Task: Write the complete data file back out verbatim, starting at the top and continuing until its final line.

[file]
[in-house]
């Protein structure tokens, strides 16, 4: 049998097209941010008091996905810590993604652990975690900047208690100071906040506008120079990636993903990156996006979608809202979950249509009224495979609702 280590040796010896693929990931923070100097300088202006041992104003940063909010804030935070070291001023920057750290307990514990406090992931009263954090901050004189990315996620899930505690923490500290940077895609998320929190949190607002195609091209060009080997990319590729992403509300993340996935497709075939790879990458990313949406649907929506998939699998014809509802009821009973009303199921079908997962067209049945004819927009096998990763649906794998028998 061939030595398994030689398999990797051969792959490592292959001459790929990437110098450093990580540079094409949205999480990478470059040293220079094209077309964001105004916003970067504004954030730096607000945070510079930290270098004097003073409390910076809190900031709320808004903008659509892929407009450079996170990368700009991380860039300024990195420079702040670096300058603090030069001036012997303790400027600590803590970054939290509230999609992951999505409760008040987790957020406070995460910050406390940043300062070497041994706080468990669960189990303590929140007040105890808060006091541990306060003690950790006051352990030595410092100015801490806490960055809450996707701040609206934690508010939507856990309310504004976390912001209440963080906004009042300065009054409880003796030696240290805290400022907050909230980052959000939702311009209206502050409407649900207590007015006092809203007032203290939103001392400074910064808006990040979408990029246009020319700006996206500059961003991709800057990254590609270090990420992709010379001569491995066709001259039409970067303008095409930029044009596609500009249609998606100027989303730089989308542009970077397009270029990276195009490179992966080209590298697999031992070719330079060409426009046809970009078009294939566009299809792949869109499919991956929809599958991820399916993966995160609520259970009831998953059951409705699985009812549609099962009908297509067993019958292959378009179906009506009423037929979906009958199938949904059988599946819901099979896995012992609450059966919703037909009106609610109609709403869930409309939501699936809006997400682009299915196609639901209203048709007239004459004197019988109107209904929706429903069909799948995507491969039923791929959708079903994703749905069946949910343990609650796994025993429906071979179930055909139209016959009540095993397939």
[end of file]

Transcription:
[in-house]
């Protein structure tokens, strides 16, 4: 049998097209941010008091996905810590993604652990975690900047208690100071906040506008120079990636993903990156996006979608809202979950249509009224495979609702 280590040796010896693929990931923070100097300088202006041992104003940063909010804030935070070291001023920057750290307990514990406090992931009263954090901050004189990315996620899930505690923490500290940077895609998320929190949190607002195609091209060009080997990319590729992403509300993340996935497709075939790879990458990313949406649907929506998939699998014809509802009821009973009303199921079908997962067209049945004819927009096998990763649906794998028998 061939030595398994030689398999990797051969792959490592292959001459790929990437110098450093990580540079094409949205999480990478470059040293220079094209077309964001105004916003970067504004954030730096607000945070510079930290270098004097003073409390910076809190900031709320808004903008659509892929407009450079996170990368700009991380860039300024990195420079702040670096300058603090030069001036012997303790400027600590803590970054939290509230999609992951999505409760008040987790957020406070995460910050406390940043300062070497041994706080468990669960189990303590929140007040105890808060006091541990306060003690950790006051352990030595410092100015801490806490960055809450996707701040609206934690508010939507856990309310504004976390912001209440963080906004009042300065009054409880003796030696240290805290400022907050909230980052959000939702311009209206502050409407649900207590007015006092809203007032203290939103001392400074910064808006990040979408990029246009020319700006996206500059961003991709800057990254590609270090990420992709010379001569491995066709001259039409970067303008095409930029044009596609500009249609998606100027989303730089989308542009970077397009270029990276195009490179992966080209590298697999031992070719330079060409426009046809970009078009294939566009299809792949869109499919991956929809599958991820399916993966995160609520259970009831998953059951409705699985009812549609099962009908297509067993019958292959378009179906009506009423037929979906009958199938949904059988599946819901099979896995012992609450059966919703037909009106609610109609709403869930409309939501699936809006997400682009299915196609639901209203048709007239004459004197019988109107209904929706429903069909799948995507491969039923791929959708079903994703749905069946949910343990609650796994025993429906071979179930055909139209016959009540095993397939």